Many e-mail programs let you program them to recognize and delete unwanted messages or junk e-mail based on keywords found in the text or subject line, says Not Exactly Rocket Science's Ed Yong, and a Harvard researcher has found a way to apply that principle to cancer cells. Zhen Xie, who published his work in Science, developed a "genetic logic circuit" that prompts cells to self-destruct if it reads levels of five molecules within itself that signals the cell may become cancerous, Yong says. In other words, the cell reads itself and checks for certain key molecules in combination, much like the e-mail program looks for keywords, and if the program's parameters are satisfied, the cell kills itself. Xie worked with HeLa cells, a common line of cervical cancer cells widely used in cancer research, and identified five microRNAs that differentiate HeLa cells from healthy cells. Then, Yong says, Xie created five genetic switches that would only flip if these five microRNAs were found at sufficiently high levels within the cells. The switches control the Bax gene, which controls cell death. If the circuit is introduced into a cell that carries these five microRNAs and the switches are flipped, then voilà — instant self-destruction, Yong says. The idea is to cause the cells to kill themselves before they can become problematic. Xie plans to start testing his circuit in animal models, but there's a long way to go before the concept could be used to diagnose or treat human. However, Xie's study proves that the principle is possible to execute, Yong says, adding, "You can imagine a future where our cells are loaded with simple biological computers that monitor our health at a molecular level. It's a far-off future, but not an unreachable one."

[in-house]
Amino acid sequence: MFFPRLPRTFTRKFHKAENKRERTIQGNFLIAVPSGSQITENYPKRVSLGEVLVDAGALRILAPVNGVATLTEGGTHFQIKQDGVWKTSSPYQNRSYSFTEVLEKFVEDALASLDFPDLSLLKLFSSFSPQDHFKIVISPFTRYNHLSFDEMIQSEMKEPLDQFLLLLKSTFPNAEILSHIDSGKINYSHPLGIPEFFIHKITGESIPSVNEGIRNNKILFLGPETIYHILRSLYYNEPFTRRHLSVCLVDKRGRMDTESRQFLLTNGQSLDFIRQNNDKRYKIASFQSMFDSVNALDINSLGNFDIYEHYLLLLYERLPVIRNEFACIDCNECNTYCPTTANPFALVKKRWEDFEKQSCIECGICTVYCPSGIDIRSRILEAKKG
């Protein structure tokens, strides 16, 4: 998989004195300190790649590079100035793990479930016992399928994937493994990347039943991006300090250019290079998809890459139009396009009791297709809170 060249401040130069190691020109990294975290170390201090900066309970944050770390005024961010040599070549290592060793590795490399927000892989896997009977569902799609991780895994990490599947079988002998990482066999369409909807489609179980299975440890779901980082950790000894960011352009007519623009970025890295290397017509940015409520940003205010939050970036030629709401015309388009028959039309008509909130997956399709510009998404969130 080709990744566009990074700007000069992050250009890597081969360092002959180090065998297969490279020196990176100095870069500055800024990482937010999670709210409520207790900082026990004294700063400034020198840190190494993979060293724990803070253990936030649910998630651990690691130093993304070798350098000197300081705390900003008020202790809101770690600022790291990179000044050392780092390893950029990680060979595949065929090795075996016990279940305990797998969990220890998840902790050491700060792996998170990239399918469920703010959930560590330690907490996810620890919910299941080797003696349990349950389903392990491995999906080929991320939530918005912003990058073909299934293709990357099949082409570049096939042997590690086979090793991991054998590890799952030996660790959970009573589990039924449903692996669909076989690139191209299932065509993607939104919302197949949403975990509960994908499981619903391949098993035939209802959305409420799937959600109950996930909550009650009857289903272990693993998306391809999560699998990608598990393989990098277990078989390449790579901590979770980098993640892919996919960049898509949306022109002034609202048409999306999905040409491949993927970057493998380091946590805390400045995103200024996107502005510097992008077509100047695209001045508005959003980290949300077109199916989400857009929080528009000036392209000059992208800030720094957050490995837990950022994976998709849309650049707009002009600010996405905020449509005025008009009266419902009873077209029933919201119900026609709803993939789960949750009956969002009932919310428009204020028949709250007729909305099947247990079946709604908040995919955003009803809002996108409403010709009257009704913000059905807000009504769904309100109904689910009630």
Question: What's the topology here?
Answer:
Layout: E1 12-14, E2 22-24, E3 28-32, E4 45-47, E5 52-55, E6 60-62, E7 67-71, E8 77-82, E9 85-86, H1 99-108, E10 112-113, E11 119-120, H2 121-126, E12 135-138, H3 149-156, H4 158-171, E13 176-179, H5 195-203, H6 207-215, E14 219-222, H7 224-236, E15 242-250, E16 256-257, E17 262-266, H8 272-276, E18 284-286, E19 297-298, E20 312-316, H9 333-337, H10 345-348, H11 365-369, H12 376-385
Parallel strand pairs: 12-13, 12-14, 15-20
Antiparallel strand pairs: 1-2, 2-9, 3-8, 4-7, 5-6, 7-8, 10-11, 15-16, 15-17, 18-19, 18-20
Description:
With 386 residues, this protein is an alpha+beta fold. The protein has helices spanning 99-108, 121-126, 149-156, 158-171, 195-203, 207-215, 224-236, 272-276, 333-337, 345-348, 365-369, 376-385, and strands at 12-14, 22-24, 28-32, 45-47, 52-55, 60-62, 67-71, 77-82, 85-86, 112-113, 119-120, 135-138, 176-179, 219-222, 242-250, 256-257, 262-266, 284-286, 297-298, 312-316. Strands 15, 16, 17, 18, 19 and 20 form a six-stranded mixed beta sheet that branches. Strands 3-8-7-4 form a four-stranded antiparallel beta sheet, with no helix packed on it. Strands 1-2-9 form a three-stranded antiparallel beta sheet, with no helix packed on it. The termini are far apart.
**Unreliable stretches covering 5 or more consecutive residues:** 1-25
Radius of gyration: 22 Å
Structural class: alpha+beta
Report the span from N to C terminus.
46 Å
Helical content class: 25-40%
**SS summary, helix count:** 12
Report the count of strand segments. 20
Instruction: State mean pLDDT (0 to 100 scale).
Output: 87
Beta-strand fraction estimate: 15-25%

The Auto-Destruct Sequence Has Been Initiated
Sep 03, 2011